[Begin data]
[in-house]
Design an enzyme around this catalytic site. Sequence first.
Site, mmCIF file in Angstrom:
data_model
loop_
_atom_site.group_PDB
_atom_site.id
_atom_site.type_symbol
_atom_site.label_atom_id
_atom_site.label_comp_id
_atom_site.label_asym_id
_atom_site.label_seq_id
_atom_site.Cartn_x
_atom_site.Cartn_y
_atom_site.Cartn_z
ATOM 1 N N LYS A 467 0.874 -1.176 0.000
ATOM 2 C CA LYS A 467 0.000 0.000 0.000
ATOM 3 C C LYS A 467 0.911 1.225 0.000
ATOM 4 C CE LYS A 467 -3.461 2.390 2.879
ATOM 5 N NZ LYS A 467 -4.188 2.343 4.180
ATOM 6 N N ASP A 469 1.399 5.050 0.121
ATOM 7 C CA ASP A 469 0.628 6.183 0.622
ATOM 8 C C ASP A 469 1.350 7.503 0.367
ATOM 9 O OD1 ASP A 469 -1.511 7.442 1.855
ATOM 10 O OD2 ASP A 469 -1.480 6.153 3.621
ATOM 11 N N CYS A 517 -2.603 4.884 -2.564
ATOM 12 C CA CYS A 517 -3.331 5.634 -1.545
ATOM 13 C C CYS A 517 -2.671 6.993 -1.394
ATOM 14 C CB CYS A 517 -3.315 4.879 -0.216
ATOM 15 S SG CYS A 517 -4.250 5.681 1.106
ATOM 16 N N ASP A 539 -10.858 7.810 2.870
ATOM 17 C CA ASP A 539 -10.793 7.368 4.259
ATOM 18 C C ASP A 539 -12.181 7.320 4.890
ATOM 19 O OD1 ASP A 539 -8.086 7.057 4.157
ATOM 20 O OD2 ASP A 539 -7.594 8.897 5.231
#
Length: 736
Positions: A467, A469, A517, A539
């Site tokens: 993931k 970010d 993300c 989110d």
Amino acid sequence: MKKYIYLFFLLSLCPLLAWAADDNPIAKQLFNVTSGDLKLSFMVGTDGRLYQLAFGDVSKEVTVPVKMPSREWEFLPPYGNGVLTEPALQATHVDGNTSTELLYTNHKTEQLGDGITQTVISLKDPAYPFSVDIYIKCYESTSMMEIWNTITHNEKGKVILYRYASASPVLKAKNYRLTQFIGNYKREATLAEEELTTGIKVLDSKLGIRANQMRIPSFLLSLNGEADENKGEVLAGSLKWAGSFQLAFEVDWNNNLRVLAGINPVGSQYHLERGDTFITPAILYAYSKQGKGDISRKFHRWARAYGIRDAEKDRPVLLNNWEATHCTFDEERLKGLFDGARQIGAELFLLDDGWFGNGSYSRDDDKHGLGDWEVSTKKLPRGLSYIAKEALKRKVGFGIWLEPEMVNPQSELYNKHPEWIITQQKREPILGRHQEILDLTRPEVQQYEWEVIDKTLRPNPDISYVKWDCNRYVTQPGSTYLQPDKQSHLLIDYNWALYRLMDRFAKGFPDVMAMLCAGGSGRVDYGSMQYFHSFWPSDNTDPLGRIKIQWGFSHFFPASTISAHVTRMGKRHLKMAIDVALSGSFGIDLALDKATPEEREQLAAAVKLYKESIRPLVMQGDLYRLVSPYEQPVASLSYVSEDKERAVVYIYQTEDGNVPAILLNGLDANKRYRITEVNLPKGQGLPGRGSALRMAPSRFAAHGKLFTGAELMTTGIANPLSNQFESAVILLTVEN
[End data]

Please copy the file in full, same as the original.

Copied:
[in-house]
Design an enzyme around this catalytic site. Sequence first.
Site, mmCIF file in Angstrom:
data_model
loop_
_atom_site.group_PDB
_atom_site.id
_atom_site.type_symbol
_atom_site.label_atom_id
_atom_site.label_comp_id
_atom_site.label_asym_id
_atom_site.label_seq_id
_atom_site.Cartn_x
_atom_site.Cartn_y
_atom_site.Cartn_z
ATOM 1 N N LYS A 467 0.874 -1.176 0.000
ATOM 2 C CA LYS A 467 0.000 0.000 0.000
ATOM 3 C C LYS A 467 0.911 1.225 0.000
ATOM 4 C CE LYS A 467 -3.461 2.390 2.879
ATOM 5 N NZ LYS A 467 -4.188 2.343 4.180
ATOM 6 N N ASP A 469 1.399 5.050 0.121
ATOM 7 C CA ASP A 469 0.628 6.183 0.622
ATOM 8 C C ASP A 469 1.350 7.503 0.367
ATOM 9 O OD1 ASP A 469 -1.511 7.442 1.855
ATOM 10 O OD2 ASP A 469 -1.480 6.153 3.621
ATOM 11 N N CYS A 517 -2.603 4.884 -2.564
ATOM 12 C CA CYS A 517 -3.331 5.634 -1.545
ATOM 13 C C CYS A 517 -2.671 6.993 -1.394
ATOM 14 C CB CYS A 517 -3.315 4.879 -0.216
ATOM 15 S SG CYS A 517 -4.250 5.681 1.106
ATOM 16 N N ASP A 539 -10.858 7.810 2.870
ATOM 17 C CA ASP A 539 -10.793 7.368 4.259
ATOM 18 C C ASP A 539 -12.181 7.320 4.890
ATOM 19 O OD1 ASP A 539 -8.086 7.057 4.157
ATOM 20 O OD2 ASP A 539 -7.594 8.897 5.231
#
Length: 736
Positions: A467, A469, A517, A539
């Site tokens: 993931k 970010d 993300c 989110d």
Amino acid sequence: MKKYIYLFFLLSLCPLLAWAADDNPIAKQLFNVTSGDLKLSFMVGTDGRLYQLAFGDVSKEVTVPVKMPSREWEFLPPYGNGVLTEPALQATHVDGNTSTELLYTNHKTEQLGDGITQTVISLKDPAYPFSVDIYIKCYESTSMMEIWNTITHNEKGKVILYRYASASPVLKAKNYRLTQFIGNYKREATLAEEELTTGIKVLDSKLGIRANQMRIPSFLLSLNGEADENKGEVLAGSLKWAGSFQLAFEVDWNNNLRVLAGINPVGSQYHLERGDTFITPAILYAYSKQGKGDISRKFHRWARAYGIRDAEKDRPVLLNNWEATHCTFDEERLKGLFDGARQIGAELFLLDDGWFGNGSYSRDDDKHGLGDWEVSTKKLPRGLSYIAKEALKRKVGFGIWLEPEMVNPQSELYNKHPEWIITQQKREPILGRHQEILDLTRPEVQQYEWEVIDKTLRPNPDISYVKWDCNRYVTQPGSTYLQPDKQSHLLIDYNWALYRLMDRFAKGFPDVMAMLCAGGSGRVDYGSMQYFHSFWPSDNTDPLGRIKIQWGFSHFFPASTISAHVTRMGKRHLKMAIDVALSGSFGIDLALDKATPEEREQLAAAVKLYKESIRPLVMQGDLYRLVSPYEQPVASLSYVSEDKERAVVYIYQTEDGNVPAILLNGLDANKRYRITEVNLPKGQGLPGRGSALRMAPSRFAAHGKLFTGAELMTTGIANPLSNQFESAVILLTVEN